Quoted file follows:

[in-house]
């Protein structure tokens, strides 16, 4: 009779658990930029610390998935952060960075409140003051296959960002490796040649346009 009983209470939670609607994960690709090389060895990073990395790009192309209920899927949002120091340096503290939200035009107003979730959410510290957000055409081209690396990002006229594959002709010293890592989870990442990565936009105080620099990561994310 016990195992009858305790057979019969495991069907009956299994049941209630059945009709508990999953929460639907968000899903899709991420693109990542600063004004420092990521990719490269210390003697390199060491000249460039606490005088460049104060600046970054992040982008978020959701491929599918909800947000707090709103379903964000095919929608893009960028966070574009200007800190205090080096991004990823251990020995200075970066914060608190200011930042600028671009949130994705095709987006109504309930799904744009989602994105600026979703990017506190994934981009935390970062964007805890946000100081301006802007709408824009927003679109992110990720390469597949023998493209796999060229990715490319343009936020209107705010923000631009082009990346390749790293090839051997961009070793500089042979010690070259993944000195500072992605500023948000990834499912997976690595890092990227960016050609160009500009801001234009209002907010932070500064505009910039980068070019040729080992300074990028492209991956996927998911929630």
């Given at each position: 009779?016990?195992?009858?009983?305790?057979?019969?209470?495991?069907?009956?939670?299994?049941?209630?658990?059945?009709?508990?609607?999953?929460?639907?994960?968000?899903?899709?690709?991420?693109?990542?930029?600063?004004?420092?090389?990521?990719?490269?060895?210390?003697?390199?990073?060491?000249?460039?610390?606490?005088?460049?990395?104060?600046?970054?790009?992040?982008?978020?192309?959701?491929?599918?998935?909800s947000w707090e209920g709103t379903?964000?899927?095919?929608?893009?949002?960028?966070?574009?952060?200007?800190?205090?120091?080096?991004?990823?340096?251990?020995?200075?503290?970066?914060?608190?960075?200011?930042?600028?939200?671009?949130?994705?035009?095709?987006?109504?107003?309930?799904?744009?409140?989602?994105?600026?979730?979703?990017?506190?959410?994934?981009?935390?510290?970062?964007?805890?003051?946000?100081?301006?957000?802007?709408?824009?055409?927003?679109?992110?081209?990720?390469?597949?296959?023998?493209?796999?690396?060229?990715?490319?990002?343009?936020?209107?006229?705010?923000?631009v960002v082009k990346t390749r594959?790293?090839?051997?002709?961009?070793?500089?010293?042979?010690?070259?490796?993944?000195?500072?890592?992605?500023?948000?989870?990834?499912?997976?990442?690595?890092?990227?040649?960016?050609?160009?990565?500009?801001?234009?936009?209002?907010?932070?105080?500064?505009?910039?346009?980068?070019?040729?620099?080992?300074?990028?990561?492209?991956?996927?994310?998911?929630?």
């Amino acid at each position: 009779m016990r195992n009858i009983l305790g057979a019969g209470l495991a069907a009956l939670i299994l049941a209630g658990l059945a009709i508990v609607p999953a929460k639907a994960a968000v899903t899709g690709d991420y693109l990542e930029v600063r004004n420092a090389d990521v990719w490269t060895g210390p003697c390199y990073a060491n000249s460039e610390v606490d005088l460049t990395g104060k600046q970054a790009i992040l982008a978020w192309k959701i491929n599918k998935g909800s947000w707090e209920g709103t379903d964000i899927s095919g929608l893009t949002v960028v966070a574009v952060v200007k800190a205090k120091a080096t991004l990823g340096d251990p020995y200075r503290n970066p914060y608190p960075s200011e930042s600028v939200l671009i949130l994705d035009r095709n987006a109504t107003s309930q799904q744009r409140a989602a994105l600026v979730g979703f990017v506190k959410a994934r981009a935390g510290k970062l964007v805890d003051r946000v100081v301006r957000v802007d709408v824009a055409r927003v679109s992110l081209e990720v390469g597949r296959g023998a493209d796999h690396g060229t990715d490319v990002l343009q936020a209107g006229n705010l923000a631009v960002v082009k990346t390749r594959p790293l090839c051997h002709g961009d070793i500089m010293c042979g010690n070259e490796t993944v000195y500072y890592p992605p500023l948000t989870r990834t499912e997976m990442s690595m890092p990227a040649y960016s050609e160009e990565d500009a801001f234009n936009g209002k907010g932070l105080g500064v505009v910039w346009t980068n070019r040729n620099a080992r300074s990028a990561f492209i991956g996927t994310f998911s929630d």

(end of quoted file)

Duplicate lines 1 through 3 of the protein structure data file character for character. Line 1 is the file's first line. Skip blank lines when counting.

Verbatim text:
[in-house]
């Protein structure tokens, strides 16, 4: 009779658990930029610390998935952060960075409140003051296959960002490796040649346009 009983209470939670609607994960690709090389060895990073990395790009192309209920899927949002120091340096503290939200035009107003979730959410510290957000055409081209690396990002006229594959002709010293890592989870990442990565936009105080620099990561994310 016990195992009858305790057979019969495991069907009956299994049941209630059945009709508990999953929460639907968000899903899709991420693109990542600063004004420092990521990719490269210390003697390199060491000249460039606490005088460049104060600046970054992040982008978020959701491929599918909800947000707090709103379903964000095919929608893009960028966070574009200007800190205090080096991004990823251990020995200075970066914060608190200011930042600028671009949130994705095709987006109504309930799904744009989602994105600026979703990017506190994934981009935390970062964007805890946000100081301006802007709408824009927003679109992110990720390469597949023998493209796999060229990715490319343009936020209107705010923000631009082009990346390749790293090839051997961009070793500089042979010690070259993944000195500072992605500023948000990834499912997976690595890092990227960016050609160009500009801001234009209002907010932070500064505009910039980068070019040729080992300074990028492209991956996927998911929630």
């Given at each position: 009779?016990?195992?009858?009983?305790?057979?019969?209470?495991?069907?009956?939670?299994?049941?209630?658990?059945?009709?508990?609607?999953?929460?639907?994960?968000?899903?899709?690709?991420?693109?990542?930029?600063?004004?420092?090389?990521?990719?490269?060895?210390?003697?390199?990073?060491?000249?460039?610390?606490?005088?460049?990395?104060?600046?970054?790009?992040?982008?978020?192309?959701?491929?599918?998935?909800s947000w707090e209920g709103t379903?964000?899927?095919?929608?893009?949002?960028?966070?574009?952060?200007?800190?205090?120091?080096?991004?990823?340096?251990?020995?200075?503290?970066?914060?608190?960075?200011?930042?600028?939200?671009?949130?994705?035009?095709?987006?109504?107003?309930?799904?744009?409140?989602?994105?600026?979730?979703?990017?506190?959410?994934?981009?935390?510290?970062?964007?805890?003051?946000?100081?301006?957000?802007?709408?824009?055409?927003?679109?992110?081209?990720?390469?597949?296959?023998?493209?796999?690396?060229?990715?490319?990002?343009?936020?209107?006229?705010?923000?631009v960002v082009k990346t390749r594959?790293?090839?051997?002709?961009?070793?500089?010293?042979?010690?070259?490796?993944?000195?500072?890592?992605?500023?948000?989870?990834?499912?997976?990442?690595?890092?990227?040649?960016?050609?160009?990565?500009?801001?234009?936009?209002?907010?932070?105080?500064?505009?910039?346009?980068?070019?040729?620099?080992?300074?990028?990561?492209?991956?996927?994310?998911?929630?």